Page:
The V2V hardware in the CTS can processes 1,000 inputs per second. And, it has a communicative range of 300 metres. Further, the technology doesn’t rely on cell coverage, so don’t expect any “outages.” Currently, V2V is far from standards. Many automakers don’t even offer vehicle-to-vehicle communication as an available feature. So, the fact that Cadillac is making the feature standard in the CTS right now is pretty impressive.

How Soon Is Now?

Cadillac isn’t even waiting until the next model year. V2V will be available in 2017 CTS interim models currently being produced. Seemingly, it’s all part of Cadillac’s efforts to lead the industry through technology, design, and innovation. Per Richard Brekus, Cadillac global director of Product Strategy, the move is on par with some of the brands other “firsts:” “From the introduction of airbags, to the debut of OnStar, Cadillac continues its heritage of pioneering safety and connectivity advances.”

What Else?

But it’s not like the CTS needed any modernization. Ultrasonic Rear Park Assist and Rear Vision Camera with dynamic guidelines are already standard features. These tools can be complemented with a suite of available safety technology. Surround Vision’s four cameras give the driver a bird’s-eye view of their vehicle. Forward Collision Alert uses camera technology to warn of forward vehicles approaching too quickly. Its warnings are visual, audible, and tactile, through the Safety Alert Seat. Other safety technology available in the CTS includes:

  • Lane Change Alert
  • Lane Keep Assist
  • Rear Cross-Traffic Alert
  • Side Blind Zone Alert 

To see the first-class standard features in the CTS for yourself, visit Capital Cadillac today. Or, browse our inventory now.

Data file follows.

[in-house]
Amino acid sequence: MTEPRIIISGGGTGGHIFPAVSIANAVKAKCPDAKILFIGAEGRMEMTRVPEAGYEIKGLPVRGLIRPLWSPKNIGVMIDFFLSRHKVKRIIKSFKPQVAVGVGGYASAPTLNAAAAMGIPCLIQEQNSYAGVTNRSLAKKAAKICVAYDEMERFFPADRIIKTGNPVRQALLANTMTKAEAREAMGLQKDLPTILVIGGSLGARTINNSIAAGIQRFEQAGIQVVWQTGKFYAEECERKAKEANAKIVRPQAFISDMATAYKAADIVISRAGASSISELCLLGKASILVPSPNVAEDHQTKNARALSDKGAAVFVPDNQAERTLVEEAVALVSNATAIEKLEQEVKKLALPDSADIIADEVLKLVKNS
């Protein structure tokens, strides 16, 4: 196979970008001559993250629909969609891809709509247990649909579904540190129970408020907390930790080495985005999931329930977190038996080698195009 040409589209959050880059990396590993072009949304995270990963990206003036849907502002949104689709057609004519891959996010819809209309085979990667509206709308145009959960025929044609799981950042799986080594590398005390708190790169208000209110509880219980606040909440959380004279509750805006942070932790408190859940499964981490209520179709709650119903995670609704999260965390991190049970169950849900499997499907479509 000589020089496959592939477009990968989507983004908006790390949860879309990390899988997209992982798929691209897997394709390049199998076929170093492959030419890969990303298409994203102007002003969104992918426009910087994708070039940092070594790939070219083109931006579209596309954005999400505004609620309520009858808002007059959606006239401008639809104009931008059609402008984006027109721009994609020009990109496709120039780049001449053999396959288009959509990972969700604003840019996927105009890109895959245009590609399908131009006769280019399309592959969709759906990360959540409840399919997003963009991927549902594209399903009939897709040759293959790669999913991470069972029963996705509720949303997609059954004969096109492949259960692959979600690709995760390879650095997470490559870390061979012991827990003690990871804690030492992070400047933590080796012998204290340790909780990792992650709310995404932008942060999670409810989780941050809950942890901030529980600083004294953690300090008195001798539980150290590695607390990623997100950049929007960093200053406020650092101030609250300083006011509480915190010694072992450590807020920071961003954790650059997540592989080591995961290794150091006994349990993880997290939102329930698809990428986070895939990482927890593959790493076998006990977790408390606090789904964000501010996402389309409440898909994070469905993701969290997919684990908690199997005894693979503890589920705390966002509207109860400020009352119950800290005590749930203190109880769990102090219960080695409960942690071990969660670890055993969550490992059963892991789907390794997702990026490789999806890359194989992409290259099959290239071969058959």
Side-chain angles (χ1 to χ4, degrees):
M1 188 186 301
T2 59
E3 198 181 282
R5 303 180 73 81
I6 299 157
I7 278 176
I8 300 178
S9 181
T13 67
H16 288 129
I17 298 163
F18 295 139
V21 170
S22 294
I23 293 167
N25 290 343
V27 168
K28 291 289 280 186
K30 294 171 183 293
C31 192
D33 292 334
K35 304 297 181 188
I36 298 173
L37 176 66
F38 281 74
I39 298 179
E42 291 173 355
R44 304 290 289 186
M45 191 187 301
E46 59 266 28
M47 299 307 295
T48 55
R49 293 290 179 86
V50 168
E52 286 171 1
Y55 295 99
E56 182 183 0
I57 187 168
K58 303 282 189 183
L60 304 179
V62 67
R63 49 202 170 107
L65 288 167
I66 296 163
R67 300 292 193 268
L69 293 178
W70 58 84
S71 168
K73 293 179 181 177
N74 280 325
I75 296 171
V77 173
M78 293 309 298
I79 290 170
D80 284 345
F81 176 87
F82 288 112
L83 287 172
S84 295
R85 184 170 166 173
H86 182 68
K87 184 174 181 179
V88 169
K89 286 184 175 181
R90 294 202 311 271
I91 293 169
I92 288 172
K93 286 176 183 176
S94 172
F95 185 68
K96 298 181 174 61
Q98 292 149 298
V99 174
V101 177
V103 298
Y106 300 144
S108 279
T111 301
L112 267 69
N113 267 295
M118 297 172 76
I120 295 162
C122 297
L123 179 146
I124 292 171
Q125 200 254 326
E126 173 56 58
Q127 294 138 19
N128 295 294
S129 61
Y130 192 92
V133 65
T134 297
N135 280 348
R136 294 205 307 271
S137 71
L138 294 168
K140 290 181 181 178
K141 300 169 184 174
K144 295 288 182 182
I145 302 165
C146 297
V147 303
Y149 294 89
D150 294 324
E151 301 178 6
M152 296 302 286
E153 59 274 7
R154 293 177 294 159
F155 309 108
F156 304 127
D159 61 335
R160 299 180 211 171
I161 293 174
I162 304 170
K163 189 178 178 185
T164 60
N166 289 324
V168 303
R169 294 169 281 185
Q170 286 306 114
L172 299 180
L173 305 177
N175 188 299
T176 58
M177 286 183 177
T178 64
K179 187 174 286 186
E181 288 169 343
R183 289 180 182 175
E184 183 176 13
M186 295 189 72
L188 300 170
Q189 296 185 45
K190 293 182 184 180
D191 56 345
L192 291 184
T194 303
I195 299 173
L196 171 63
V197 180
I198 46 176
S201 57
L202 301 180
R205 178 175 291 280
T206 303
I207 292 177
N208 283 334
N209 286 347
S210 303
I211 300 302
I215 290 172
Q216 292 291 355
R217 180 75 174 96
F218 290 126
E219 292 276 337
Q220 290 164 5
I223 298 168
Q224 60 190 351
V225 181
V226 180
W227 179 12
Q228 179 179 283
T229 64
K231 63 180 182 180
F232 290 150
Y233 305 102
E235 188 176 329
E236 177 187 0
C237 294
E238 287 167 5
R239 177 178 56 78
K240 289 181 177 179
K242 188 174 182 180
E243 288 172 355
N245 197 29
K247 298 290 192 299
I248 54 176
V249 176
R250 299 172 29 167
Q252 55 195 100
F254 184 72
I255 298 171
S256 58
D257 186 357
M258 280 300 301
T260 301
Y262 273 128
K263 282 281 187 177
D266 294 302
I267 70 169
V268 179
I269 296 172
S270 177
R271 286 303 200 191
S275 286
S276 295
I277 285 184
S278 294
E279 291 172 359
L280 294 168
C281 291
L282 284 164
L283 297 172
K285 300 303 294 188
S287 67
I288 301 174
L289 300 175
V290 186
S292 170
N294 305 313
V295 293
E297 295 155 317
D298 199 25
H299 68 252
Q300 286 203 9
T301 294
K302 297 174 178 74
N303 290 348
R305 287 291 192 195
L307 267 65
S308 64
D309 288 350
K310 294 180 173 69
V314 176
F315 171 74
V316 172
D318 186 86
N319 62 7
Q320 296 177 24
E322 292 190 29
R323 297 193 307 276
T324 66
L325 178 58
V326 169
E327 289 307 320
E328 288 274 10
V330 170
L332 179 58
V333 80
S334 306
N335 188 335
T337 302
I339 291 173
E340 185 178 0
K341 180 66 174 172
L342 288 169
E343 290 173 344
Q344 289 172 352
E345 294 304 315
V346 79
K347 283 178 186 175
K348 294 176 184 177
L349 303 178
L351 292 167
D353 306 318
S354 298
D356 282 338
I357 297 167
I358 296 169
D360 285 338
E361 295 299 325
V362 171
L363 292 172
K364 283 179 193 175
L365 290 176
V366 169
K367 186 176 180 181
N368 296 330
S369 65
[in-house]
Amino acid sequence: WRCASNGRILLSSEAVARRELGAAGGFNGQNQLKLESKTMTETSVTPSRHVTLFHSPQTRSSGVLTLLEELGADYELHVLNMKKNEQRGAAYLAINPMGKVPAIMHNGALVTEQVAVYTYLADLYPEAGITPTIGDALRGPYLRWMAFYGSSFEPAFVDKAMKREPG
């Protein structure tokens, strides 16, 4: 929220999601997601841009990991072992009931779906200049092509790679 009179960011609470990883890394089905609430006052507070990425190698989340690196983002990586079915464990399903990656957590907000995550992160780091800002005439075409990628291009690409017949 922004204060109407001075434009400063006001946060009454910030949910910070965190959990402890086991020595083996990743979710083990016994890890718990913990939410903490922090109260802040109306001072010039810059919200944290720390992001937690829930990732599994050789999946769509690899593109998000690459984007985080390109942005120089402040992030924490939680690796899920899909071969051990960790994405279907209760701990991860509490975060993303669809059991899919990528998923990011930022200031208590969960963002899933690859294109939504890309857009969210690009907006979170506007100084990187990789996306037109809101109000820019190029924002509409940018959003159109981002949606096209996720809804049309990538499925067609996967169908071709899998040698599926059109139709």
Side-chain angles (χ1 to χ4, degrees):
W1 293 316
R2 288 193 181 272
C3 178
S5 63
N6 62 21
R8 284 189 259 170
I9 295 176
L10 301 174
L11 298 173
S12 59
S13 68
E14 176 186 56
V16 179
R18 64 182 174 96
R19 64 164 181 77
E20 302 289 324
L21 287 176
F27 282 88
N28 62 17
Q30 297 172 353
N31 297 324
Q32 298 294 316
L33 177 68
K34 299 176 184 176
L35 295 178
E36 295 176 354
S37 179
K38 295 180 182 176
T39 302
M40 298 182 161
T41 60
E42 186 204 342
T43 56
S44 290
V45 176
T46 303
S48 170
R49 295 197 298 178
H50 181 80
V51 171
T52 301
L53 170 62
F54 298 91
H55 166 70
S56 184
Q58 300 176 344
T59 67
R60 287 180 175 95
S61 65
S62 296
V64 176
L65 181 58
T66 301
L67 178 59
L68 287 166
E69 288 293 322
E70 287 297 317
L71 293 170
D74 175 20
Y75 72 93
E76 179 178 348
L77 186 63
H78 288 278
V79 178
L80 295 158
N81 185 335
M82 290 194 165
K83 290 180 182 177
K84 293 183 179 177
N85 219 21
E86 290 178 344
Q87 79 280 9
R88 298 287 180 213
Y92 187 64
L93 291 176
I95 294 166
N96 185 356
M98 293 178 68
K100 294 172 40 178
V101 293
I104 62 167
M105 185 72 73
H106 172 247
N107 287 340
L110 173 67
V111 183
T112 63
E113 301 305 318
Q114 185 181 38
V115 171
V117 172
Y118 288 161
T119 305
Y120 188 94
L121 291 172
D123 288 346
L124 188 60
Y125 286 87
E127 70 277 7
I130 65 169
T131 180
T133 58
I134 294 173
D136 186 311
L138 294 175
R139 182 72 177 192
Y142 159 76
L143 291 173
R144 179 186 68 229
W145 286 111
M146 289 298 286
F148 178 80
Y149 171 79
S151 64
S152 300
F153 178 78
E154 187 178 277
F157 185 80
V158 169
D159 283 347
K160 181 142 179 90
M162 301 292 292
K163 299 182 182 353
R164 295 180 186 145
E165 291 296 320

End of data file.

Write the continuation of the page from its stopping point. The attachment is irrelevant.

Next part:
Dare Greatly at Capital Cadillac

“The past is just that, past,” says the first slide on Cadillac’s Dare Greatly website. But they haven’t left the past behind.

Dare greatly at Capital Cadillac

Dare Greatly

Cadillac certainly do look to the past, but only at the spirit of innovation and forward-thinking that made them North America’s premiere automaker. From the invention of the electric starter in 1912 (which replaced hand cranks) to the first inclusion of GPS in 1996, Cadillac have a list of remarkable “firsts.” Those past achievements clearly set the bar high for the future of the company. But Cadillac is undoubtedly still taking risks in the pursuit of more industry firsts.

Super Cruise

Take the Super Cruise feature available later this year as an example. Super Cruise will allow the driver to take her hands off the wheel while on the highway. The system “ does full-speed range adaptive cruise control and lane centering, using cameras and other sensors to automatically steer and brake.” Super Cruise isn’t fully autonomous, though. When approaching turns, the system will alert the driver to retake control of their vehicle. Facial and eye tracking will both be used to ensure the driver remains attentive, ready to resume control should circumstances necessitate it. This will be added to the existing suite of autonomous and safety technology in the Cadillac lineup.

It’s not yet clear which vehicles Super Cruise will be added to, but there are few likely candidates. The CTS just added Vehicle-To-Vehicle Communication. And the CT6 already has Cadillac’s most impressive array of technology. Nightvision, for example, uses radar and infrared sensors to identify pedestrians, animals, and obstacles in the dark and alerts the driver. Automatic parking and front pedestrian braking are also available as well as the 34-speaker Bose Panaray sound system with speaker mounted in the headrests. But it isn’t only the top end of Cadillac’s lineup that is benefitting from the company’s new/old ethos.

The Cadillac ATS

Consider the Cadillac ATS. With a standard 2.0L, 272-horsepower engine, and an available 3.6L V6 with 335 horsepower, the ATS is built to perform. The Auto Stop/Start technology in the engine is the invisible. In the competitor’s vehicles, you can feel the engine sag at red lights and shudder back to life when it turns green. Not in the ATS. Its components are working, even when they’re switched off. But to understand it only as a performance sedan, is to ignore its nuanced design.